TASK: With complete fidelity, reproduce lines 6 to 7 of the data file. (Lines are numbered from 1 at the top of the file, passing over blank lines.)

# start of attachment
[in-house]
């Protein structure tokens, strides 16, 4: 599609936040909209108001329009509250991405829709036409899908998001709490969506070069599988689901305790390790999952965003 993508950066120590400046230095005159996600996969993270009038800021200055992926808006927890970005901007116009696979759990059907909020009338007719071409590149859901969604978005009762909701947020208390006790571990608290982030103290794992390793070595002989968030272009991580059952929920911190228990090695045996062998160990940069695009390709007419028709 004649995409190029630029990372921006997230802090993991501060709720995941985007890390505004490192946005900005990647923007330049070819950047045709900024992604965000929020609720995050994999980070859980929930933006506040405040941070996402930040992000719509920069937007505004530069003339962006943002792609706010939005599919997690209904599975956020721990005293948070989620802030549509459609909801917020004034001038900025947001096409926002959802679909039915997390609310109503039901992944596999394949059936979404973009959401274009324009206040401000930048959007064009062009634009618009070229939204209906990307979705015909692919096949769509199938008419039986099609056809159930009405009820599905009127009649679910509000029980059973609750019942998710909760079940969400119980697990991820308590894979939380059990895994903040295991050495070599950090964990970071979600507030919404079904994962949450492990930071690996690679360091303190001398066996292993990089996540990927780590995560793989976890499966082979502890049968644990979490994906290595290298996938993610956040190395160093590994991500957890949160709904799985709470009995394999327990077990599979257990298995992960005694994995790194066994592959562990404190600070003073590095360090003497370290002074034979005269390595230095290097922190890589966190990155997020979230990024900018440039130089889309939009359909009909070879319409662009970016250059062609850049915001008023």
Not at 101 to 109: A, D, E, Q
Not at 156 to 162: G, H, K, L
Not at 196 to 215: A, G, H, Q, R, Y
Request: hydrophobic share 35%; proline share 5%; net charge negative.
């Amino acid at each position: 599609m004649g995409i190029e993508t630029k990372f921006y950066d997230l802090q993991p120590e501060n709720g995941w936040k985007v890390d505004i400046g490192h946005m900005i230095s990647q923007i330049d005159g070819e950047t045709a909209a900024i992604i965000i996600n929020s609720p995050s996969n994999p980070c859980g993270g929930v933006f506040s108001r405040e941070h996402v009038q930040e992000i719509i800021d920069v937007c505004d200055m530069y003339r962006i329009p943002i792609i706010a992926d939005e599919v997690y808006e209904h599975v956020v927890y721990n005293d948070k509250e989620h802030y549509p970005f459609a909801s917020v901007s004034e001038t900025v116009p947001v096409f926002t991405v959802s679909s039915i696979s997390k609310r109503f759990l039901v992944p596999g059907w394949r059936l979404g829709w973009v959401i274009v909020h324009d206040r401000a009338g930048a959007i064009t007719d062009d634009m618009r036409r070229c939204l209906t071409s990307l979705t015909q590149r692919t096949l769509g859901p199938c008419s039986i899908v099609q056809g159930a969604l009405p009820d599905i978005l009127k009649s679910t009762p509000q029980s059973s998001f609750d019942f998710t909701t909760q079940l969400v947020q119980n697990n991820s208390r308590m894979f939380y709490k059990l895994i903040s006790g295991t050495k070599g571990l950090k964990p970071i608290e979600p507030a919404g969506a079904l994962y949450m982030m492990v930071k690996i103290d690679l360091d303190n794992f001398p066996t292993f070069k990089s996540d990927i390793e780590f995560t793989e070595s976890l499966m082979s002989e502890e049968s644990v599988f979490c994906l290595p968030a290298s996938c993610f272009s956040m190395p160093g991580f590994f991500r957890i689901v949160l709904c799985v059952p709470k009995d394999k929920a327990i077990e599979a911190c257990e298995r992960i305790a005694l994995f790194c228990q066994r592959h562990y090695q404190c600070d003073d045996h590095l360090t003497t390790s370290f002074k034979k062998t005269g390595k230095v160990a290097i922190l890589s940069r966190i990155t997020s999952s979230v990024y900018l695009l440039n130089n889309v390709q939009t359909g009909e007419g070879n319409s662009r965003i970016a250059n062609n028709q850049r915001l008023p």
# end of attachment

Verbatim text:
Request: hydrophobic share 35%; proline share 5%; net charge negative.
């Amino acid at each position: 599609m004649g995409i190029e993508t630029k990372f921006y950066d997230l802090q993991p120590e501060n709720g995941w936040k985007v890390d505004i400046g490192h946005m900005i230095s990647q923007i330049d005159g070819e950047t045709a909209a900024i992604i965000i996600n929020s609720p995050s996969n994999p980070c859980g993270g929930v933006f506040s108001r405040e941070h996402v009038q930040e992000i719509i800021d920069v937007c505004d200055m530069y003339r962006i329009p943002i792609i706010a992926d939005e599919v997690y808006e209904h599975v956020v927890y721990n005293d948070k509250e989620h802030y549509p970005f459609a909801s917020v901007s004034e001038t900025v116009p947001v096409f926002t991405v959802s679909s039915i696979s997390k609310r109503f759990l039901v992944p596999g059907w394949r059936l979404g829709w973009v959401i274009v909020h324009d206040r401000a009338g930048a959007i064009t007719d062009d634009m618009r036409r070229c939204l209906t071409s990307l979705t015909q590149r692919t096949l769509g859901p199938c008419s039986i899908v099609q056809g159930a969604l009405p009820d599905i978005l009127k009649s679910t009762p509000q029980s059973s998001f609750d019942f998710t909701t909760q079940l969400v947020q119980n697990n991820s208390r308590m894979f939380y709490k059990l895994i903040s006790g295991t050495k070599g571990l950090k964990p970071i608290e979600p507030a919404g969506a079904l994962y949450m982030m492990v930071k690996i103290d690679l360091d303190n794992f001398p066996t292993f070069k990089s996540d990927i390793e780590f995560t793989e070595s976890l499966m082979s002989e502890e049968s644990v599988f979490c994906l290595p968030a290298s996938c993610f272009s956040m190395p160093g991580f590994f991500r957890i689901v949160l709904c799985v059952p709470k009995d394999k929920a327990i077990e599979a911190c257990e298995r992960i305790a005694l994995f790194c228990q066994r592959h562990y090695q404190c600070d003073d045996h590095l360090t003497t390790s370290f002074k034979k062998t005269g390595k230095v160990a290097i922190l890589s940069r966190i990155t997020s999952s979230v990024y900018l695009l440039n130089n889309v390709q939009t359909g009909e007419g070879n319409s662009r965003i970016a250059n062609n028709q850049r915001l008023p």